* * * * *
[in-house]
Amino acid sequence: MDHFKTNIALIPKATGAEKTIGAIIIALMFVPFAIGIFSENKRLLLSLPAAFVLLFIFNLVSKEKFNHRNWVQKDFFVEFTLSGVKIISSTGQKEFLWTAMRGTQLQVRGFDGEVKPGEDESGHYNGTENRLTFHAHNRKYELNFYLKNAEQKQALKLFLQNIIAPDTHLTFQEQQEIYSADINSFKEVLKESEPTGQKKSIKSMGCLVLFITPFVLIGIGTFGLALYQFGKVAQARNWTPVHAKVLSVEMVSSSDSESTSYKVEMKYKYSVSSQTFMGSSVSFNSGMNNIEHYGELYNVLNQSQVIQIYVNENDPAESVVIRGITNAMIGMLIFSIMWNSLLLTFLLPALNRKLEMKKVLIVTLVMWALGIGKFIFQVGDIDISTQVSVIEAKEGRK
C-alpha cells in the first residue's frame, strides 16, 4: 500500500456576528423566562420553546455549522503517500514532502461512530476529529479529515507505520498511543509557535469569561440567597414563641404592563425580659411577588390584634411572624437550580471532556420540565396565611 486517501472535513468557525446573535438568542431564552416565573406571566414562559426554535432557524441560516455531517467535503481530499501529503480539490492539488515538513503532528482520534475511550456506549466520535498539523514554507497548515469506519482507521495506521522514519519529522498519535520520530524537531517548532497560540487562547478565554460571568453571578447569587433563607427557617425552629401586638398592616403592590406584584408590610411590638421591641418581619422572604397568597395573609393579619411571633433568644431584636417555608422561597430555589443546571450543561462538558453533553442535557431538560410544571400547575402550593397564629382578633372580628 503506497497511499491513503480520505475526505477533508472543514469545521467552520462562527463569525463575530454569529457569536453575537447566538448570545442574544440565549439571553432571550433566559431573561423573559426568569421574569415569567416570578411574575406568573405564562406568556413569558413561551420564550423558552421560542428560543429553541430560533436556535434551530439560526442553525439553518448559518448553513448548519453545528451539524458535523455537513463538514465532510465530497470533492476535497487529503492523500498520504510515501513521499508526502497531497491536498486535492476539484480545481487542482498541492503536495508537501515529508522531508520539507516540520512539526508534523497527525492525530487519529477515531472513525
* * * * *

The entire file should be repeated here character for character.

[in-house]
Amino acid sequence: MDHFKTNIALIPKATGAEKTIGAIIIALMFVPFAIGIFSENKRLLLSLPAAFVLLFIFNLVSKEKFNHRNWVQKDFFVEFTLSGVKIISSTGQKEFLWTAMRGTQLQVRGFDGEVKPGEDESGHYNGTENRLTFHAHNRKYELNFYLKNAEQKQALKLFLQNIIAPDTHLTFQEQQEIYSADINSFKEVLKESEPTGQKKSIKSMGCLVLFITPFVLIGIGTFGLALYQFGKVAQARNWTPVHAKVLSVEMVSSSDSESTSYKVEMKYKYSVSSQTFMGSSVSFNSGMNNIEHYGELYNVLNQSQVIQIYVNENDPAESVVIRGITNAMIGMLIFSIMWNSLLLTFLLPALNRKLEMKKVLIVTLVMWALGIGKFIFQVGDIDISTQVSVIEAKEGRK
C-alpha cells in the first residue's frame, strides 16, 4: 500500500456576528423566562420553546455549522503517500514532502461512530476529529479529515507505520498511543509557535469569561440567597414563641404592563425580659411577588390584634411572624437550580471532556420540565396565611 486517501472535513468557525446573535438568542431564552416565573406571566414562559426554535432557524441560516455531517467535503481530499501529503480539490492539488515538513503532528482520534475511550456506549466520535498539523514554507497548515469506519482507521495506521522514519519529522498519535520520530524537531517548532497560540487562547478565554460571568453571578447569587433563607427557617425552629401586638398592616403592590406584584408590610411590638421591641418581619422572604397568597395573609393579619411571633433568644431584636417555608422561597430555589443546571450543561462538558453533553442535557431538560410544571400547575402550593397564629382578633372580628 503506497497511499491513503480520505475526505477533508472543514469545521467552520462562527463569525463575530454569529457569536453575537447566538448570545442574544440565549439571553432571550433566559431573561423573559426568569421574569415569567416570578411574575406568573405564562406568556413569558413561551420564550423558552421560542428560543429553541430560533436556535434551530439560526442553525439553518448559518448553513448548519453545528451539524458535523455537513463538514465532510465530497470533492476535497487529503492523500498520504510515501513521499508526502497531497491536498486535492476539484480545481487542482498541492503536495508537501515529508522531508520539507516540520512539526508534523497527525492525530487519529477515531472513525